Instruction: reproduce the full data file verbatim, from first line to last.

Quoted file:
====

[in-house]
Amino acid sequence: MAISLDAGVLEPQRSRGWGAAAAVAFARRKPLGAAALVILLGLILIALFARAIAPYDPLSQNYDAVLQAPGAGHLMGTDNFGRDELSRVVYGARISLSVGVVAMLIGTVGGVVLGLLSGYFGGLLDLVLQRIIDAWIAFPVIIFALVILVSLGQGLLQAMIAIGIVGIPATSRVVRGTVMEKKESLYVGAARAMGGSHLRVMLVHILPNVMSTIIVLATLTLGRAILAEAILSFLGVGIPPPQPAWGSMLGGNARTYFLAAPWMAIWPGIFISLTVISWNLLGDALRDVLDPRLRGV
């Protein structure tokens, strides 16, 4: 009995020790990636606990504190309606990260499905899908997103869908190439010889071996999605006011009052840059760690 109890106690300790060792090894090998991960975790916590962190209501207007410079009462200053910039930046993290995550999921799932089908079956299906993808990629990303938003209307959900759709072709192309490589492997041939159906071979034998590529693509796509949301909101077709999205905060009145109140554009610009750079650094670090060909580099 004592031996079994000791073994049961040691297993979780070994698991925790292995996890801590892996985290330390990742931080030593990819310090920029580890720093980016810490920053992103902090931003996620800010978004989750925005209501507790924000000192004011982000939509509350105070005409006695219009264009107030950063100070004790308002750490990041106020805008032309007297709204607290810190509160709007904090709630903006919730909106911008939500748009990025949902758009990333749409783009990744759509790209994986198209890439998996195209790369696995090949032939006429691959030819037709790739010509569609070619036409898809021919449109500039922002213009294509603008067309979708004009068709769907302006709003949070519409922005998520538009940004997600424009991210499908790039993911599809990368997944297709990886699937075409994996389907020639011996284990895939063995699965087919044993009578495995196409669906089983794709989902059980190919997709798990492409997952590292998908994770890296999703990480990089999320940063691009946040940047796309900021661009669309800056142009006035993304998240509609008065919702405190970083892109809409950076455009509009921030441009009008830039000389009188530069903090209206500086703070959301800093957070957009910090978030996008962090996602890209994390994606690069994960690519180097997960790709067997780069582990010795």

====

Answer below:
[in-house]
Amino acid sequence: MAISLDAGVLEPQRSRGWGAAAAVAFARRKPLGAAALVILLGLILIALFARAIAPYDPLSQNYDAVLQAPGAGHLMGTDNFGRDELSRVVYGARISLSVGVVAMLIGTVGGVVLGLLSGYFGGLLDLVLQRIIDAWIAFPVIIFALVILVSLGQGLLQAMIAIGIVGIPATSRVVRGTVMEKKESLYVGAARAMGGSHLRVMLVHILPNVMSTIIVLATLTLGRAILAEAILSFLGVGIPPPQPAWGSMLGGNARTYFLAAPWMAIWPGIFISLTVISWNLLGDALRDVLDPRLRGV
């Protein structure tokens, strides 16, 4: 009995020790990636606990504190309606990260499905899908997103869908190439010889071996999605006011009052840059760690 109890106690300790060792090894090998991960975790916590962190209501207007410079009462200053910039930046993290995550999921799932089908079956299906993808990629990303938003209307959900759709072709192309490589492997041939159906071979034998590529693509796509949301909101077709999205905060009145109140554009610009750079650094670090060909580099 004592031996079994000791073994049961040691297993979780070994698991925790292995996890801590892996985290330390990742931080030593990819310090920029580890720093980016810490920053992103902090931003996620800010978004989750925005209501507790924000000192004011982000939509509350105070005409006695219009264009107030950063100070004790308002750490990041106020805008032309007297709204607290810190509160709007904090709630903006919730909106911008939500748009990025949902758009990333749409783009990744759509790209994986198209890439998996195209790369696995090949032939006429691959030819037709790739010509569609070619036409898809021919449109500039922002213009294509603008067309979708004009068709769907302006709003949070519409922005998520538009940004997600424009991210499908790039993911599809990368997944297709990886699937075409994996389907020639011996284990895939063995699965087919044993009578495995196409669906089983794709989902059980190919997709798990492409997952590292998908994770890296999703990480990089999320940063691009946040940047796309900021661009669309800056142009006035993304998240509609008065919702405190970083892109809409950076455009509009921030441009009008830039000389009188530069903090209206500086703070959301800093957070957009910090978030996008962090996602890209994390994606690069994960690519180097997960790709067997780069582990010795």